Copyright images "DDF/IMC,IP": Divisão de Documentação Fotográfica/Instituto dos Museus e Conservação,IP DDF/IMC,IP.

Citation of this web page:

Paulo Pereira "Queluz Royal Palace" in "Discover Baroque Art", Museum With No Frontiers, 2022. https://baroqueart.museumwnf.org/database_item.php?id=monument;BAR;pt;Mon11;25;en

Prepared by: Paulo PereiraPaulo Pereira

SURNAME: Pereira
NAME: Paulo

AFFILIATION Faculty of Architecture, Technical University of Lisbon

TITLE: University Lecturer

Paulo Pereira holds an MA in Cultural Studies and has been a speaker at numerous seminars and congresses in Portugal, Spain, France, Italy, the United States and Brazil. Paulo has co-ordinated and published books about Portuguese art and history, some of which are award winning. He is curator of several exhibitions held in Portugal, Ghent, Brussels and Berlin and been a contributing author for several exhibition catalogues. He has exercised managerial roles within the Town Hall of Lisbon, was Vice President of the Portuguese Heritage Institute (IGESPAR) and is a lecturer at the Technical University of Lisbon (Faculty of Architecture).

Translation by: Lili Cavalheiro, Cristina CorreiaCristina Correia

SURNAME: Correia
NAME: Cristina

AFFILIATION: Eça de Queirós Public High School, Lisbon and MWNF

TITLE: Senior Teacher, Local Co-ordinator and Vice-President of MWNF

Cristina Correia is a History graduate and, since 1985, a Senior Teacher of History at the Eça de Queirós Public High School, Lisbon where she also lectures in Portuguese Language and Culture for non-native speakers. From 1987 to 1998 she was involved with youth affairs, primary prevention and the Camões Institute. She is Vice-President and Local Co-ordinator (Portugal) for MWNF.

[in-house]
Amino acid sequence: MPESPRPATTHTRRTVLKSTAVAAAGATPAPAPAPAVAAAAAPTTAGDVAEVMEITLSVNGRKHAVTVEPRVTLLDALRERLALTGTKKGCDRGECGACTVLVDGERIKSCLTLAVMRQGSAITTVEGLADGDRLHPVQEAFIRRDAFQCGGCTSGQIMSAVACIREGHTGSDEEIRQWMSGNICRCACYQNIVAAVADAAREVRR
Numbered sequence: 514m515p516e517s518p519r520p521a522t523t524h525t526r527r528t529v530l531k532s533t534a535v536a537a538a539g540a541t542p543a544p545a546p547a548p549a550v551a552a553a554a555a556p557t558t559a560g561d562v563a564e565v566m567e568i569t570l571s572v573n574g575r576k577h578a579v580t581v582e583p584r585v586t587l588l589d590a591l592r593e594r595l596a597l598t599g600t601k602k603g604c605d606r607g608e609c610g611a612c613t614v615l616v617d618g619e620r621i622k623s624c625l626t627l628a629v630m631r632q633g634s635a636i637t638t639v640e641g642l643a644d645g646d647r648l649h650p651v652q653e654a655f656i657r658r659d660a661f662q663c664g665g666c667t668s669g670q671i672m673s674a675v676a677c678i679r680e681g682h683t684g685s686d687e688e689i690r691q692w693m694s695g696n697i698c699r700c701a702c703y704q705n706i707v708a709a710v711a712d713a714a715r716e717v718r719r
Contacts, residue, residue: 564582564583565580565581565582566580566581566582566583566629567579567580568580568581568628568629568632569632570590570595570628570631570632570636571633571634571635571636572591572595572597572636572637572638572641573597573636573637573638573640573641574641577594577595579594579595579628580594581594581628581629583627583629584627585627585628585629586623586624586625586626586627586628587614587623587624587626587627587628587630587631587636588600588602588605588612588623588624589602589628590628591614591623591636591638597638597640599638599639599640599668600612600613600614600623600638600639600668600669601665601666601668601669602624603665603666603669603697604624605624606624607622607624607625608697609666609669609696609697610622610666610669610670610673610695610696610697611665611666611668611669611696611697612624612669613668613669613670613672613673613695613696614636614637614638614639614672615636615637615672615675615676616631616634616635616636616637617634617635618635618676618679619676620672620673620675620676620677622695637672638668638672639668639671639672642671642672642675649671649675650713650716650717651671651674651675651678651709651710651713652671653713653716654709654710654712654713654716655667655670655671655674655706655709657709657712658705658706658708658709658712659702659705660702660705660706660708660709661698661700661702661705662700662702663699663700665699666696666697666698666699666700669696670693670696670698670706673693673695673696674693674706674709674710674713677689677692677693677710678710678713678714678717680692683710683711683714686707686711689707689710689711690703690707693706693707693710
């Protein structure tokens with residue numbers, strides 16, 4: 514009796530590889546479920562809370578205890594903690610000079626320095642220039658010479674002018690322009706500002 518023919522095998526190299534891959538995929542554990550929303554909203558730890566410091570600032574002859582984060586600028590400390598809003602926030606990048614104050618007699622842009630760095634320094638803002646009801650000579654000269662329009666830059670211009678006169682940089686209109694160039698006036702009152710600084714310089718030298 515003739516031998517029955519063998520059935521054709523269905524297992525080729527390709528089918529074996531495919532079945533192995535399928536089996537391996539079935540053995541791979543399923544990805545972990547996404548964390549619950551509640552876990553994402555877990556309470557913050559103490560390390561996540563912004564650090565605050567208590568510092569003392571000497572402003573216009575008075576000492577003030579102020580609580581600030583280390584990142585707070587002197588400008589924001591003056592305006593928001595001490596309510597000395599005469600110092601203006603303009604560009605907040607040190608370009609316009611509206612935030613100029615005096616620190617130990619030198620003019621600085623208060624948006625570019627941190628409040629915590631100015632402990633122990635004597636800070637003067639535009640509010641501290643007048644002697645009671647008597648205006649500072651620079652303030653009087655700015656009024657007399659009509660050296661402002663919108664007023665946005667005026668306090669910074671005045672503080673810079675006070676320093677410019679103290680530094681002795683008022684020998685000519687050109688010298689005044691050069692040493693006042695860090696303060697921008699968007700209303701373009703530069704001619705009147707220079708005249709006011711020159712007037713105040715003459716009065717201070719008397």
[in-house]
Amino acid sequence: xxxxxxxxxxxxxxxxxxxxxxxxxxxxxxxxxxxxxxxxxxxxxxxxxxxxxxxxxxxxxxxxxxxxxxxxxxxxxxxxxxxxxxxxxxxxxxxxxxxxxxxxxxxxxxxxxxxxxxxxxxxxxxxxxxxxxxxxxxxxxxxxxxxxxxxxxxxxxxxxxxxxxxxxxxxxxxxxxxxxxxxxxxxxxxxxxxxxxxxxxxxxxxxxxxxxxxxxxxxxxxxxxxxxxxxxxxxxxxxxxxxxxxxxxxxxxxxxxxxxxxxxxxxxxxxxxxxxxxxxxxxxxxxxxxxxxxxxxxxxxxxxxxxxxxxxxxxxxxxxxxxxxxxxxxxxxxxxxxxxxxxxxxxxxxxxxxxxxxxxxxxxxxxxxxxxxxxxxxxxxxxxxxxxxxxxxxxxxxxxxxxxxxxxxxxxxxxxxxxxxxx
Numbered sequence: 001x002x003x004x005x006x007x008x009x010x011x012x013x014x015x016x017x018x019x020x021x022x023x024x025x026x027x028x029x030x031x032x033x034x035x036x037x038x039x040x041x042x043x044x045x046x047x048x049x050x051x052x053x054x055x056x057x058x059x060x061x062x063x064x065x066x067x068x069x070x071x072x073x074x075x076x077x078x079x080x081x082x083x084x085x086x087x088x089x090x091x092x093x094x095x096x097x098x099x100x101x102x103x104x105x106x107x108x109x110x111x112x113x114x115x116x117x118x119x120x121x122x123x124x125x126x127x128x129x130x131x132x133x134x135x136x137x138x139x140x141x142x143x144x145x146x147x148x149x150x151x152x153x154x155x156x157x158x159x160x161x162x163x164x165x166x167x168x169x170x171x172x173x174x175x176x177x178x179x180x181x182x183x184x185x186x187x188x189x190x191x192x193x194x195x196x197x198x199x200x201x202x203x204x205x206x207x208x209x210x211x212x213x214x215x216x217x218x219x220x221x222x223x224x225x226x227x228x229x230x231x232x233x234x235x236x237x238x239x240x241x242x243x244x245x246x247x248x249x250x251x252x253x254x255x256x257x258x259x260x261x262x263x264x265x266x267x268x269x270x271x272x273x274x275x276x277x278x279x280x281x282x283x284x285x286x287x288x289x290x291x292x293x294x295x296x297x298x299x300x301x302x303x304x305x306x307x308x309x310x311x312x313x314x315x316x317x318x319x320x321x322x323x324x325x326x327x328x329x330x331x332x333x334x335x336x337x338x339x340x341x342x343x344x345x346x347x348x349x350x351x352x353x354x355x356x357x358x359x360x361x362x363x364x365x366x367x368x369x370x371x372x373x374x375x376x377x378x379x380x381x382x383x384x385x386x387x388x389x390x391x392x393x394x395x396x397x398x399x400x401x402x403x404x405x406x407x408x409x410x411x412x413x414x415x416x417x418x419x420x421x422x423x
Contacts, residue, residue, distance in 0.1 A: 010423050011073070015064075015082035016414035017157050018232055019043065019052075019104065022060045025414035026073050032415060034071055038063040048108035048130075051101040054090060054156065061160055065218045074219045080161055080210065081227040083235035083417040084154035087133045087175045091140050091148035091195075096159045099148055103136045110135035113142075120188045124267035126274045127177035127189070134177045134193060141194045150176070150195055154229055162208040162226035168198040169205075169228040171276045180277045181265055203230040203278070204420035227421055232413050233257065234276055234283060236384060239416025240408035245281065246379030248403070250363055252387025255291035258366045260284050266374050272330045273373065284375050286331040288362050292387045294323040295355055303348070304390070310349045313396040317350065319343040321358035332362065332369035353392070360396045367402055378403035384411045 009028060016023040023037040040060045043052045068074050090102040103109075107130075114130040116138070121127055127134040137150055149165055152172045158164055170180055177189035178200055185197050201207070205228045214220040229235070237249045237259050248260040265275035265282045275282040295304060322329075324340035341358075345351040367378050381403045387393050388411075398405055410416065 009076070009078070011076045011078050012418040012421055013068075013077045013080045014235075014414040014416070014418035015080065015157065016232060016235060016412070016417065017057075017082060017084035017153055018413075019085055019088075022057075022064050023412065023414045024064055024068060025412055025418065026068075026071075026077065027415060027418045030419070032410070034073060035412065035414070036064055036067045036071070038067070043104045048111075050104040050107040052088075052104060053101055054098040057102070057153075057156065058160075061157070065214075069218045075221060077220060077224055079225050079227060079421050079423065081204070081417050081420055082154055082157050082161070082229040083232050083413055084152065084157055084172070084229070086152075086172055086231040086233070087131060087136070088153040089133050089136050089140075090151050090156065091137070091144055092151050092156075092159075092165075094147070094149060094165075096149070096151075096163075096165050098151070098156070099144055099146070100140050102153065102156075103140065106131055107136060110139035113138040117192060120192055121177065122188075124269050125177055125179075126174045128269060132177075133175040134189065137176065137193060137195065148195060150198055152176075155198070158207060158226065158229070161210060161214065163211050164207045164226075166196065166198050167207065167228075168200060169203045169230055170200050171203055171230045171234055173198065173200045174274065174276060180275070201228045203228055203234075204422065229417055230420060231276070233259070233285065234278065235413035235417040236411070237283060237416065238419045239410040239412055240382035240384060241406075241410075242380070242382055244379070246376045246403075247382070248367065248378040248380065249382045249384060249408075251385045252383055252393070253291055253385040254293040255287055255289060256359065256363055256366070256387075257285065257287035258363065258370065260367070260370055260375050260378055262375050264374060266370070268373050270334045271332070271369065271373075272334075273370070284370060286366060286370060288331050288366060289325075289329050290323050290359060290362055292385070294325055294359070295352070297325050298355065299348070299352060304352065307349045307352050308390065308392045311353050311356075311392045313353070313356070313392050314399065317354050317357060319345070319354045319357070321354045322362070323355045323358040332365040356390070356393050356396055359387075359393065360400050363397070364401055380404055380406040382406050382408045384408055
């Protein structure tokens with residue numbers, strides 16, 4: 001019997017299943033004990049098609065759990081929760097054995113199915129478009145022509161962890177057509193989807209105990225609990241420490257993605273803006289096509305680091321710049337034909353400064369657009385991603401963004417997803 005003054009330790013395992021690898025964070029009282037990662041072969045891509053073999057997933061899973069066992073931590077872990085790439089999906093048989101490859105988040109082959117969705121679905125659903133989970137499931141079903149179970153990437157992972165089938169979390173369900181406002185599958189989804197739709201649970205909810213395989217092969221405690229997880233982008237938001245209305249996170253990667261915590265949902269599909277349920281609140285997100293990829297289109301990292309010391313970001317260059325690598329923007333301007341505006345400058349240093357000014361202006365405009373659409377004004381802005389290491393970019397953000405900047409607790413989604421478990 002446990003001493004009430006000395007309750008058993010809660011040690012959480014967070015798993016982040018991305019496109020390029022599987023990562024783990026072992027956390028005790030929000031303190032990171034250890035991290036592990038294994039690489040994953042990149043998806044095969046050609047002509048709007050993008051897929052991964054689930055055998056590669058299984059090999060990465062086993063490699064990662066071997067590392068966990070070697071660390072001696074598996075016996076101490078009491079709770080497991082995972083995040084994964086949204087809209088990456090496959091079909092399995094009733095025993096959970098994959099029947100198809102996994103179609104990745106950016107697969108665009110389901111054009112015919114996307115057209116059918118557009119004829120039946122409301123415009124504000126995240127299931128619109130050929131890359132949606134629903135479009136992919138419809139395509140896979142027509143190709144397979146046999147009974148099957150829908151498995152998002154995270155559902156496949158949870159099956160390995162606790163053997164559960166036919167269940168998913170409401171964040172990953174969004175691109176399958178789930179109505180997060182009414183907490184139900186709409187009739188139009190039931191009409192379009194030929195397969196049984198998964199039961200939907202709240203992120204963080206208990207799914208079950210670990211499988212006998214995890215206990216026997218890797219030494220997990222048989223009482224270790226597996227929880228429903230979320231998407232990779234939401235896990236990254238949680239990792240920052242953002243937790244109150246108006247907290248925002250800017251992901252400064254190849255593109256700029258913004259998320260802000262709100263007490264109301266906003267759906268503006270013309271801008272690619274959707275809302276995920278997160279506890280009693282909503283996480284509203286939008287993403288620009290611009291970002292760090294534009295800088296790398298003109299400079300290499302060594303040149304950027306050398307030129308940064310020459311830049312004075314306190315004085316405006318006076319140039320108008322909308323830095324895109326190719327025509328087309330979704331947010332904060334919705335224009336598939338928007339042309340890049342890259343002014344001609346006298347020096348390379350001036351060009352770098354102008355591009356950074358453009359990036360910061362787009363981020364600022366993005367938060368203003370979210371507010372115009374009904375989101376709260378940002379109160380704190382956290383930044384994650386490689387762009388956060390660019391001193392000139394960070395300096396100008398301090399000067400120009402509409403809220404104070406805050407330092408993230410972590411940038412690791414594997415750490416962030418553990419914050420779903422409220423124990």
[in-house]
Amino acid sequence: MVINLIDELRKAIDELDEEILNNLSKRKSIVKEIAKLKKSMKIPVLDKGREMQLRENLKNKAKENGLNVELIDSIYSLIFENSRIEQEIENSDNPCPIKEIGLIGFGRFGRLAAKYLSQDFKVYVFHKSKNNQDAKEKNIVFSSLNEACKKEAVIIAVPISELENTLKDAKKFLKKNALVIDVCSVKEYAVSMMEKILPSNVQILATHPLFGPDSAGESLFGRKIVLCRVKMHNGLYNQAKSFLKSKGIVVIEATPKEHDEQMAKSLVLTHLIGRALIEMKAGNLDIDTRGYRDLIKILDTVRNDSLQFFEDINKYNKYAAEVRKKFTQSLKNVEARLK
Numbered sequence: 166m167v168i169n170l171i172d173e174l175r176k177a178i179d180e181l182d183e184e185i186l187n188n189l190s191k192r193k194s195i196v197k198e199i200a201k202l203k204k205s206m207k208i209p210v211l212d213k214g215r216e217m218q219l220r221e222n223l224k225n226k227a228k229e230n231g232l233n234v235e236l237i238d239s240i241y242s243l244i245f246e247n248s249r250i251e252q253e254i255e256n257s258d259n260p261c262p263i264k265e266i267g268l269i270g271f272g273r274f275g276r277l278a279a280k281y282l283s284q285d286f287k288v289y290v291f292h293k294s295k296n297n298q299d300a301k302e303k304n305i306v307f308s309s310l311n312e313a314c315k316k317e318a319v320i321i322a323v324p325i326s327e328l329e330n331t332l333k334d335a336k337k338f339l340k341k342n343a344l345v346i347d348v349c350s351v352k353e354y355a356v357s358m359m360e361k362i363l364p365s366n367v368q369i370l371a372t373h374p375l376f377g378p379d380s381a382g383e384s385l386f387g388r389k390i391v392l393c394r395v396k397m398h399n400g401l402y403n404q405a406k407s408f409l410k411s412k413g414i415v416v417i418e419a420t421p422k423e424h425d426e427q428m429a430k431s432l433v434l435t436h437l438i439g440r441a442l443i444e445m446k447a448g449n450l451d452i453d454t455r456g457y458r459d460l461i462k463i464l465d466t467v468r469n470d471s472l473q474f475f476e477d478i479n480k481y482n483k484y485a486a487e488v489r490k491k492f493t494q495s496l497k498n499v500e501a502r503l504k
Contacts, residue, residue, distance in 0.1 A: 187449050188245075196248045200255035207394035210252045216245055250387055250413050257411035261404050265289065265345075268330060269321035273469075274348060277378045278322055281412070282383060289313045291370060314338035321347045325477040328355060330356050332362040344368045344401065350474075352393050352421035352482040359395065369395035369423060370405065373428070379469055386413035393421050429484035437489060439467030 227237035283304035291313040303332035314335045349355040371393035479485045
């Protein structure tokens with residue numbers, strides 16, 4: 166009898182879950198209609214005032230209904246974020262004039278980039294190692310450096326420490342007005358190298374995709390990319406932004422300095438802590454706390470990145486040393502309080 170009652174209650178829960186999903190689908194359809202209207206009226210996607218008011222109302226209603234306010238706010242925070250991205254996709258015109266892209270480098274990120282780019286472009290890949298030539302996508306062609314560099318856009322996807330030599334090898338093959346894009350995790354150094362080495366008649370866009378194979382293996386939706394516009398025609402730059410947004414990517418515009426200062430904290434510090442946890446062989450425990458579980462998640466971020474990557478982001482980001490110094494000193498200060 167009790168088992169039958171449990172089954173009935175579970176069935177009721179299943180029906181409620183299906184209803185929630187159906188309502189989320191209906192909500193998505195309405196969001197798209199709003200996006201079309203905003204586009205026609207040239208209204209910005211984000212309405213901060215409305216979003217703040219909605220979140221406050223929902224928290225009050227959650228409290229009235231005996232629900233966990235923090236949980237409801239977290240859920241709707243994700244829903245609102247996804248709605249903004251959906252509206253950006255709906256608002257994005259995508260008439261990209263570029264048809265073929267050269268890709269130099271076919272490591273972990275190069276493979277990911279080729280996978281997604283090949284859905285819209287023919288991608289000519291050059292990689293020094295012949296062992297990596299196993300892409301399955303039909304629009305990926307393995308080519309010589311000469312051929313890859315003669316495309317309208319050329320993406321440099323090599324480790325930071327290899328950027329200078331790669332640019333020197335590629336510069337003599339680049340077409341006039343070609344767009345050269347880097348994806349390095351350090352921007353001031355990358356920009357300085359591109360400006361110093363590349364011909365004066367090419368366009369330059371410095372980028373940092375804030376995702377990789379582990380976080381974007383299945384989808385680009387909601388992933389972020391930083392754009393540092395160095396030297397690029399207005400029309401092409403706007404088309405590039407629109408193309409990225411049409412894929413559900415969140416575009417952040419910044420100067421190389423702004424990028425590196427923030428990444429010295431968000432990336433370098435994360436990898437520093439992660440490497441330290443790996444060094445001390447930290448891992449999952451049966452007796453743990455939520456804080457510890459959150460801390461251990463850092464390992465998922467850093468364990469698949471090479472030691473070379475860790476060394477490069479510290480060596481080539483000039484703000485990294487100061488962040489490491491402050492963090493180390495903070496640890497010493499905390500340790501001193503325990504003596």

Translation copyedited by: Mandi GomezMandi Gomez

Amanda Gomez is a freelance copy-editor and proofreader working in London. She studied Art History and Literature at Essex University (1986–89) and received her MA (Area Studies Africa: Art, Literature, African Thought) from SOAS in 1990. She worked as an editorial assistant for the independent publisher Bellew Publishing (1991–94) and studied at Bookhouse and the London College of Printing on day release. She was publications officer at the Museum of London until 2000 and then took a role at Art Books International, where she worked on projects for independent publishers and arts institutions that included MWNF’s English-language editions of the books series Islamic Art in the Mediterranean. She was part of the editorial team for further MWNF iterations: Discover Islamic Art in the Mediterranean Virtual Museum and the illustrated volume Discover Islamic Art in the Mediterranean.

True to its ethos of connecting people through the arts, MWNF has provided Amanda with valuable opportunities for discovery and learning, increased her editorial experience, and connected her with publishers and institutions all over the world. More recently, the projects she has worked on include MWNF’s Sharing History Virtual Museum and Exhibition series, Vitra Design Museum’s Victor Papanek and Objects of Desire, and Haus der Kulturen der Welt’s online publication 2 or 3 Tigers and its volume Race, Nation, Class.

MWNF Working Number: PT 25